Notably, some of these houses are still standing on the streets, principally Boyle Avenue and St. Louis Street, surrounding the park. Just west of the north end at the northwest corner of Boyle and 4th was the Workman estate, now the location of the contested Sakura Gardens of Los Angeles assisted living facility, which has long catered to Japanese-American residents. Immediately west across Boyle is another residential care facility, Hollenbeck Palms, established on the Hollenbeck estate.
Across from the southeast end of the park is another retirement home, Hollenbeck Terrace, that was a 190-bed hospital, built in 1905 and razed and reconstructed about two decades later, and operated by the Atchison, Topeka and Santa Fe Railway for employees and their families on the Coast Lines part of the system and then was the Linda Vista Community Hospital. Part of the complex is the Linda Vista senior apartments. Plenty of late 19th and early 20th century houses are also found on the edges of the park, which is now 130 years old and, hopefully, remains a Boyle Heights centerpiece for many generations to come.
While it was not planned as part of the morning, it was decided to head over to Evergreen Cemetery and have the same kind of experience, recording historical reflections and modern impressions of this 67-acre site, opened in 1877, which is the final resting place of some 300,000 persons. It was mentioned that the earliest cemeteries in the city included the original Catholic burying ground adjacent to the Old Plaza Church, the Calvary Cemetery at the base of the Elysian Hills with the Jewish cemetery nearby, and the City Cemetery on Fort Moore Hill.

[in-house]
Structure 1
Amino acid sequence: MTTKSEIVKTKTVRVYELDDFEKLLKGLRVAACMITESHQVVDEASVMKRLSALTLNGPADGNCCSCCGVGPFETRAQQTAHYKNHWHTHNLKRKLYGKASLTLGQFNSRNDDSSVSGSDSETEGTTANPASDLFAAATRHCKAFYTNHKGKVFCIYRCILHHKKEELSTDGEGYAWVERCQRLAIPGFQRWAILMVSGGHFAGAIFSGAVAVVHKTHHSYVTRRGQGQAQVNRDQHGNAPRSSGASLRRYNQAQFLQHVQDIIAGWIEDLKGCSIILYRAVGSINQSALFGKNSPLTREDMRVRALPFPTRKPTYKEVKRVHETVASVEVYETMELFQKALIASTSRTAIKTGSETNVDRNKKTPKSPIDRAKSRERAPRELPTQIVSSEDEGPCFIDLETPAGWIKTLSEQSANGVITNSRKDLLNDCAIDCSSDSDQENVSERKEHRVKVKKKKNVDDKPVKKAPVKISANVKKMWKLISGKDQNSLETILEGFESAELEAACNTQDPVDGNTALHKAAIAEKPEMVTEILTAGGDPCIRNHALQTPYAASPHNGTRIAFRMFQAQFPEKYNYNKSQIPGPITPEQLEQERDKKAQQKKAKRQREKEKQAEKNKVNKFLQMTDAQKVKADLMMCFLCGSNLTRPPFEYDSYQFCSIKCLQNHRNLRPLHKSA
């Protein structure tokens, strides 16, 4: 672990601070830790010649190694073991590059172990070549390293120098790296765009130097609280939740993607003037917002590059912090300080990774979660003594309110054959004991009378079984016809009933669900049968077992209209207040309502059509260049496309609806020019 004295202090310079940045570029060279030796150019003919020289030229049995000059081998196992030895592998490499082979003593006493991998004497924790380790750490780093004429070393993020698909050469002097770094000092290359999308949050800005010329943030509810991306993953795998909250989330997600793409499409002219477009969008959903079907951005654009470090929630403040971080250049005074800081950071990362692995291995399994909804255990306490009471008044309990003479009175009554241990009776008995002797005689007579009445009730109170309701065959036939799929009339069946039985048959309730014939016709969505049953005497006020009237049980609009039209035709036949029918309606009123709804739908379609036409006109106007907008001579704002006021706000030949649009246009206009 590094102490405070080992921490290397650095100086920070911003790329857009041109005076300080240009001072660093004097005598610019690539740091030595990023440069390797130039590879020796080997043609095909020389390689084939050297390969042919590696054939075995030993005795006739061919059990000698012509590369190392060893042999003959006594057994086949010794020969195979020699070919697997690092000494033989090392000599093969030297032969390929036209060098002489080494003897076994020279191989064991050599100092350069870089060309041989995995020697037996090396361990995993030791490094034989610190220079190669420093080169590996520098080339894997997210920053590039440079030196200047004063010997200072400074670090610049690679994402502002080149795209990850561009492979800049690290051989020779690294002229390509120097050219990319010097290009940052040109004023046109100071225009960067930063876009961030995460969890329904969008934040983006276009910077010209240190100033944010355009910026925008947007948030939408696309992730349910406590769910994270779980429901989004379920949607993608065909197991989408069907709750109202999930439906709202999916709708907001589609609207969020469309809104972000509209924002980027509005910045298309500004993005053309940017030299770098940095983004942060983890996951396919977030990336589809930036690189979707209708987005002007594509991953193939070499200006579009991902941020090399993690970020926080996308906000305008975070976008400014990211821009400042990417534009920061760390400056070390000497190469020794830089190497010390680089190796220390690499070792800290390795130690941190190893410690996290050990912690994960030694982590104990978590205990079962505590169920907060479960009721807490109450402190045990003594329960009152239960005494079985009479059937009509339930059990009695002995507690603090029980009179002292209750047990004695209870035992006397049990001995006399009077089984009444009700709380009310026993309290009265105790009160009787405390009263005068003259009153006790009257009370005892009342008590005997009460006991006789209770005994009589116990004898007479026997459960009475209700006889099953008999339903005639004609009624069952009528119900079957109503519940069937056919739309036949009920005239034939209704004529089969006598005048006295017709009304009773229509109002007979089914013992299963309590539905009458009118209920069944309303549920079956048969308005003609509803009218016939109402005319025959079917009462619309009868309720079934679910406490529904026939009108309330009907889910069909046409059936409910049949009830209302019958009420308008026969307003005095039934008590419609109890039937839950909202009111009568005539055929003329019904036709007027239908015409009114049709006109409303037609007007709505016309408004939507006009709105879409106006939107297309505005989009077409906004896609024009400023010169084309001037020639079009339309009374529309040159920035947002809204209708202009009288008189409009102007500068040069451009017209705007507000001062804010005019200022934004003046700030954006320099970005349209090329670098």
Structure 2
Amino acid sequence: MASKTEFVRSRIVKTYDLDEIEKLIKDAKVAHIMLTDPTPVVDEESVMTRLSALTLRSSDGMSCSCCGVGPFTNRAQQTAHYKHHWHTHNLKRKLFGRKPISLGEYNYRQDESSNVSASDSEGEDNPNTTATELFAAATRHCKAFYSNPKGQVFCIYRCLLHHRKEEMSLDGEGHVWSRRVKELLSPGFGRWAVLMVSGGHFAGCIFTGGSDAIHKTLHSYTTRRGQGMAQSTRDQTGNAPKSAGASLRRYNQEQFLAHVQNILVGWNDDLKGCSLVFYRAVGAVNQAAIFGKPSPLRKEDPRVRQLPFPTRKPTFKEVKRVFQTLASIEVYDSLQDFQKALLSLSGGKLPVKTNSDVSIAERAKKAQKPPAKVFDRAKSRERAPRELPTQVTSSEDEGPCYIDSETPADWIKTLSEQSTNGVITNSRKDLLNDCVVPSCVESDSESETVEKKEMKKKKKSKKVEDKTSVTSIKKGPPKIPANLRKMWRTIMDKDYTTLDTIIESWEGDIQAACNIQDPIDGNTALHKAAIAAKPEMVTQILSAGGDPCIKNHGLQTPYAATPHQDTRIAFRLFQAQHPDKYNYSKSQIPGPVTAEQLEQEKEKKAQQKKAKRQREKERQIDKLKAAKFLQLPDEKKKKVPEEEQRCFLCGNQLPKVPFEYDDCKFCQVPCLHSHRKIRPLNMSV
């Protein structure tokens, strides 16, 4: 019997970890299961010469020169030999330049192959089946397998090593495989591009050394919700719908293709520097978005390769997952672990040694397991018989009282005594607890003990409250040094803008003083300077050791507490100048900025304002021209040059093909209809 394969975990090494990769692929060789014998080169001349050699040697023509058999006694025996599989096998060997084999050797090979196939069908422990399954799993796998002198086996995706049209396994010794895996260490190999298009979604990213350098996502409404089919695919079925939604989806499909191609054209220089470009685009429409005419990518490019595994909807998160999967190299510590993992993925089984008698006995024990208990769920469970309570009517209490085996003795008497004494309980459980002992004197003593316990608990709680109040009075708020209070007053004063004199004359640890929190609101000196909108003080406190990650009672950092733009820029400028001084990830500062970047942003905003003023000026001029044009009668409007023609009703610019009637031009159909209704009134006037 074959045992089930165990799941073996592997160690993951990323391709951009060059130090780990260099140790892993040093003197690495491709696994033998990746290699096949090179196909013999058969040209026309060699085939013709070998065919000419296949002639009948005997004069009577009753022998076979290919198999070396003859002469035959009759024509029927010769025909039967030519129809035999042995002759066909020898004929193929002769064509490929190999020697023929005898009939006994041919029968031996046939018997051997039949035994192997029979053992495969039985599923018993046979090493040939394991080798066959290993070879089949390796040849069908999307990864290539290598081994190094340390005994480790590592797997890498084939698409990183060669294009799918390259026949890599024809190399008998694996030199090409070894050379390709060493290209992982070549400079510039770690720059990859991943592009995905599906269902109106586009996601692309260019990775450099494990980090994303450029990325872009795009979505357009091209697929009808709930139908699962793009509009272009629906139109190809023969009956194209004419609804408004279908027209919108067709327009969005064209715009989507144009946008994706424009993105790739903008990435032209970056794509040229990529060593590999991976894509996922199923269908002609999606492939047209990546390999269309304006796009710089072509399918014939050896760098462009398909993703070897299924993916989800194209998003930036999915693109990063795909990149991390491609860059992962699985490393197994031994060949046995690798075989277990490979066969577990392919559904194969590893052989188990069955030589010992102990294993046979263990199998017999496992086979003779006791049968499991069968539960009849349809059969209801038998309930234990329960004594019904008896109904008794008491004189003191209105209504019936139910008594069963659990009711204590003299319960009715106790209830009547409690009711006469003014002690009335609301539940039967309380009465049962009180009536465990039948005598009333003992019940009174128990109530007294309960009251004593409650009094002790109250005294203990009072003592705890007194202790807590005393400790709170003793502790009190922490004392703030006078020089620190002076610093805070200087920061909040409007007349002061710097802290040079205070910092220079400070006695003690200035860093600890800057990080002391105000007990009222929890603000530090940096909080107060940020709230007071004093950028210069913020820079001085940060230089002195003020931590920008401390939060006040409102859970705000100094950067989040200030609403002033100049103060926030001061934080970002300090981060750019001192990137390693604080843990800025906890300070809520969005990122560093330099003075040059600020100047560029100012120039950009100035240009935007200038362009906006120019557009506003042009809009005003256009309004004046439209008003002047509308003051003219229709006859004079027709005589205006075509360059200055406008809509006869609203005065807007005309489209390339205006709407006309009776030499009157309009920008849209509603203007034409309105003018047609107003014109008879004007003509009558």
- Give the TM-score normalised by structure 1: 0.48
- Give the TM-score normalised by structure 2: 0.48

Just after Los Angeles went through its first boom, lasting from about 1868 to 1875 though it was much smaller than the many that followed, Evergreen was established on the eastern edge of city limits and had the distinction of being the first corporate cemetery in the Angel City. Many of the most prominent and powerful white personages and families were interred in Evergreen, many in close proximity to the decaying, but still striking, Ivy Chapel, including recognizable names like Lankershim, Van Nuys, Bixby, Foy, Griffin, Hazard, Perry, Toberman and Widney. There, too, are the Hollenbecks and Workmans (though William’s brother David, whose family hoped to move him there from El Campo Santo at the Homestead, remains at the latter when the request for reinterment was rejected.)